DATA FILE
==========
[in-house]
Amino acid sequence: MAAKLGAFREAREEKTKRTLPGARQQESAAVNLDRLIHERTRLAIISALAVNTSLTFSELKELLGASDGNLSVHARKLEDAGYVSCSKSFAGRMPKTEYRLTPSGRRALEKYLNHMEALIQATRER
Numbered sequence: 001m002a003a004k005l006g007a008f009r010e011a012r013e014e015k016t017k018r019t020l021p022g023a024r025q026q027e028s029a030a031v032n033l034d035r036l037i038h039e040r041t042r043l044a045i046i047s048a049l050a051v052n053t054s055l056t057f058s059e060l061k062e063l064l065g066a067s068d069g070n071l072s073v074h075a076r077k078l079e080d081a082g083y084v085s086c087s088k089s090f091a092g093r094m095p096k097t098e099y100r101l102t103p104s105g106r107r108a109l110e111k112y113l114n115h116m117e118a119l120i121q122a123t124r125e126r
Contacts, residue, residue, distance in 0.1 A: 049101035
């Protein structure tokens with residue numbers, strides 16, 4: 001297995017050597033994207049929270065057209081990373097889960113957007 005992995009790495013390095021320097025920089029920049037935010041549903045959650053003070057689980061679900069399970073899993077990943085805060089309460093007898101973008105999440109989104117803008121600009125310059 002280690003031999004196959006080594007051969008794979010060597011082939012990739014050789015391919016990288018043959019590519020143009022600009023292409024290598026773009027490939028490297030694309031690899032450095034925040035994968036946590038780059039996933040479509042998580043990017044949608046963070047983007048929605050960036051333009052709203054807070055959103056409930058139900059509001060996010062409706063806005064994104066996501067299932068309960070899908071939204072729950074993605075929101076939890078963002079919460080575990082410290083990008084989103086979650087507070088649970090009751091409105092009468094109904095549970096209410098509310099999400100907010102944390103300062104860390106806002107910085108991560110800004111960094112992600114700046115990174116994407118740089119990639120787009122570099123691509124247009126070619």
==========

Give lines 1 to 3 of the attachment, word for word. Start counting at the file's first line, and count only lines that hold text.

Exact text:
[in-house]
Amino acid sequence: MAAKLGAFREAREEKTKRTLPGARQQESAAVNLDRLIHERTRLAIISALAVNTSLTFSELKELLGASDGNLSVHARKLEDAGYVSCSKSFAGRMPKTEYRLTPSGRRALEKYLNHMEALIQATRER
Numbered sequence: 001m002a003a004k005l006g007a008f009r010e011a012r013e014e015k016t017k018r019t020l021p022g023a024r025q026q027e028s029a030a031v032n033l034d035r036l037i038h039e040r041t042r043l044a045i046i047s048a049l050a051v052n053t054s055l056t057f058s059e060l061k062e063l064l065g066a067s068d069g070n071l072s073v074h075a076r077k078l079e080d081a082g083y084v085s086c087s088k089s090f091a092g093r094m095p096k097t098e099y100r101l102t103p104s105g106r107r108a109l110e111k112y113l114n115h116m117e118a119l120i121q122a123t124r125e126r